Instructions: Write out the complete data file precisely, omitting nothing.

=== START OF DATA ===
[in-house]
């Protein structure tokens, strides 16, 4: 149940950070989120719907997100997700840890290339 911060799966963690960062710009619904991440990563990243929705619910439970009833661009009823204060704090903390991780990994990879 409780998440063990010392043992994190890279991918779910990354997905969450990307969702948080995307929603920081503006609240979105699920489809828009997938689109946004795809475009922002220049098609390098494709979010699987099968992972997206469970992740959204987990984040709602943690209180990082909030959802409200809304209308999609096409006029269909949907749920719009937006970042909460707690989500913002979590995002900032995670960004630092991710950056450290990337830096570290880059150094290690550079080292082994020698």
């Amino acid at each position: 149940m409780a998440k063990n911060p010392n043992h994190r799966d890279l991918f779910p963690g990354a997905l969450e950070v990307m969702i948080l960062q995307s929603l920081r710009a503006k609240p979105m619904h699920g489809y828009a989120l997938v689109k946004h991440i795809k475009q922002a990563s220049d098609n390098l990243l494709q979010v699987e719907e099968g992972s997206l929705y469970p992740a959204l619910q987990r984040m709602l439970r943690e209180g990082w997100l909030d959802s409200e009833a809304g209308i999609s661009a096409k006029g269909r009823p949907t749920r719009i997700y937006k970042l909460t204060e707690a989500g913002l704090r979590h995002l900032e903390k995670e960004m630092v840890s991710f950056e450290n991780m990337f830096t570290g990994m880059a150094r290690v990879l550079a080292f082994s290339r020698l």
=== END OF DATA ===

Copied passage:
[in-house]
């Protein structure tokens, strides 16, 4: 149940950070989120719907997100997700840890290339 911060799966963690960062710009619904991440990563990243929705619910439970009833661009009823204060704090903390991780990994990879 409780998440063990010392043992994190890279991918779910990354997905969450990307969702948080995307929603920081503006609240979105699920489809828009997938689109946004795809475009922002220049098609390098494709979010699987099968992972997206469970992740959204987990984040709602943690209180990082909030959802409200809304209308999609096409006029269909949907749920719009937006970042909460707690989500913002979590995002900032995670960004630092991710950056450290990337830096570290880059150094290690550079080292082994020698």
């Amino acid at each position: 149940m409780a998440k063990n911060p010392n043992h994190r799966d890279l991918f779910p963690g990354a997905l969450e950070v990307m969702i948080l960062q995307s929603l920081r710009a503006k609240p979105m619904h699920g489809y828009a989120l997938v689109k946004h991440i795809k475009q922002a990563s220049d098609n390098l990243l494709q979010v699987e719907e099968g992972s997206l929705y469970p992740a959204l619910q987990r984040m709602l439970r943690e209180g990082w997100l909030d959802s409200e009833a809304g209308i999609s661009a096409k006029g269909r009823p949907t749920r719009i997700y937006k970042l909460t204060e707690a989500g913002l704090r979590h995002l900032e903390k995670e960004m630092v840890s991710f950056e450290n991780m990337f830096t570290g990994m880059a150094r290690v990879l550079a080292f082994s290339r020698l």